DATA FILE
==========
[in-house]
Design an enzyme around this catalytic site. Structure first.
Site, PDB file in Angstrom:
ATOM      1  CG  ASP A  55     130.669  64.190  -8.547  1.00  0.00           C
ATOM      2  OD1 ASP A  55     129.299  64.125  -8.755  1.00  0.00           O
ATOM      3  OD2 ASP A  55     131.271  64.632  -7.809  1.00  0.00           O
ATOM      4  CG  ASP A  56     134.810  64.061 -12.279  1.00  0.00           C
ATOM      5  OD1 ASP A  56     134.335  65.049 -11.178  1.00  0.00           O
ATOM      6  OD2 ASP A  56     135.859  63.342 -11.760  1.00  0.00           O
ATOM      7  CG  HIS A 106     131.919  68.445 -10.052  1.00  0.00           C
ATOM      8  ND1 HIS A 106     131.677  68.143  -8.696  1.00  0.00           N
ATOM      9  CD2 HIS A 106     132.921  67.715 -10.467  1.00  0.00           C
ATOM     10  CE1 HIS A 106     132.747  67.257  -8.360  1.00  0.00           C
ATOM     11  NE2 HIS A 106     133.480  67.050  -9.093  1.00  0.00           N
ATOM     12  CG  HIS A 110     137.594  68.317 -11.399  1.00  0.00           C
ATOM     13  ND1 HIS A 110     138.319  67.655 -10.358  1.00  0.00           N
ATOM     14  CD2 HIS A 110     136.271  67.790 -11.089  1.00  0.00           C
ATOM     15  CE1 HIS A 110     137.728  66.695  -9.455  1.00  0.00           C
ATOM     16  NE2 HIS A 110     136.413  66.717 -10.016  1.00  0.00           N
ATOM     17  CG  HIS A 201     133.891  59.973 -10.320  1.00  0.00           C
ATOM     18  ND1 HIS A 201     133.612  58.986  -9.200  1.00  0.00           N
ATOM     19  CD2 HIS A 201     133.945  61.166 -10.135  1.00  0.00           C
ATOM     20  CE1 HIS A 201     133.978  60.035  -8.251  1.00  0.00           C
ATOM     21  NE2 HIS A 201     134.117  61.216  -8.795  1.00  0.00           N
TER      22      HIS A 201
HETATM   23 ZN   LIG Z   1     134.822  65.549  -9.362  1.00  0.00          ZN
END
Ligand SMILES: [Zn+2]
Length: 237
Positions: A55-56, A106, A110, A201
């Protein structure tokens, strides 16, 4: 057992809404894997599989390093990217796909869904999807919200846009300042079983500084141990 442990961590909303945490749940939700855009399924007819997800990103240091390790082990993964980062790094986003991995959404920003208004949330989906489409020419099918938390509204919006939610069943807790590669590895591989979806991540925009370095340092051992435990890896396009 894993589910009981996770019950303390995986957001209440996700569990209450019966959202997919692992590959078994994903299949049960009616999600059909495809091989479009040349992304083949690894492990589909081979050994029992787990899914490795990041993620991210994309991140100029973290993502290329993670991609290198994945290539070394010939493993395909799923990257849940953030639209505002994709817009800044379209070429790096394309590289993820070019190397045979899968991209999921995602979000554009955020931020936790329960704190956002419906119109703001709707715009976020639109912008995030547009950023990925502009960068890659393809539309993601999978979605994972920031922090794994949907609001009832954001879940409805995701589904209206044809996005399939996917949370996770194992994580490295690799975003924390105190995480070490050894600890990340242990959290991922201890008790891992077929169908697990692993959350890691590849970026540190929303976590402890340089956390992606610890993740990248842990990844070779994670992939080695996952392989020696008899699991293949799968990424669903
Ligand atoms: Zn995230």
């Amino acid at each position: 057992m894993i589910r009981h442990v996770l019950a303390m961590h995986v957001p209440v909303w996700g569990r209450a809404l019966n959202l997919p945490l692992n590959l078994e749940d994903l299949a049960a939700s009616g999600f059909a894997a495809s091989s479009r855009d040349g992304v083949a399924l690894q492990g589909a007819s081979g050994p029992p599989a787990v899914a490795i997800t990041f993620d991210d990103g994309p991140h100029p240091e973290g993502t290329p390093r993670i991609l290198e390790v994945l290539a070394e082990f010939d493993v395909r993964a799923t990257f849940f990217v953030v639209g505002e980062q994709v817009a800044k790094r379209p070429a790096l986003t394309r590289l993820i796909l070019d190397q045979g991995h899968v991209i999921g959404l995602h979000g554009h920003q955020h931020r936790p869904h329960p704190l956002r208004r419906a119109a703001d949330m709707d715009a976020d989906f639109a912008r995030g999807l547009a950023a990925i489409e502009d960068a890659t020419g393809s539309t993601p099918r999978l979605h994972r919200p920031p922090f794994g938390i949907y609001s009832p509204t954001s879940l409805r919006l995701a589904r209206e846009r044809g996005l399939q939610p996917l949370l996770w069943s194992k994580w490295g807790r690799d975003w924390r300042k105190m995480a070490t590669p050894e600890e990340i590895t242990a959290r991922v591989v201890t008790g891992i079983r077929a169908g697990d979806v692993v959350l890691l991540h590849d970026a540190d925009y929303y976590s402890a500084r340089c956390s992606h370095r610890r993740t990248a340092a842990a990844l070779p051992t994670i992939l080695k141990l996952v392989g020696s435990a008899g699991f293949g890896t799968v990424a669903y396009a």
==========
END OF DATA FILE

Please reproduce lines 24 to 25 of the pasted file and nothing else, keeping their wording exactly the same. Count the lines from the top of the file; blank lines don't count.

ATOM     21  NE2 HIS A 201     134.117  61.216  -8.795  1.00  0.00           N
TER      22      HIS A 201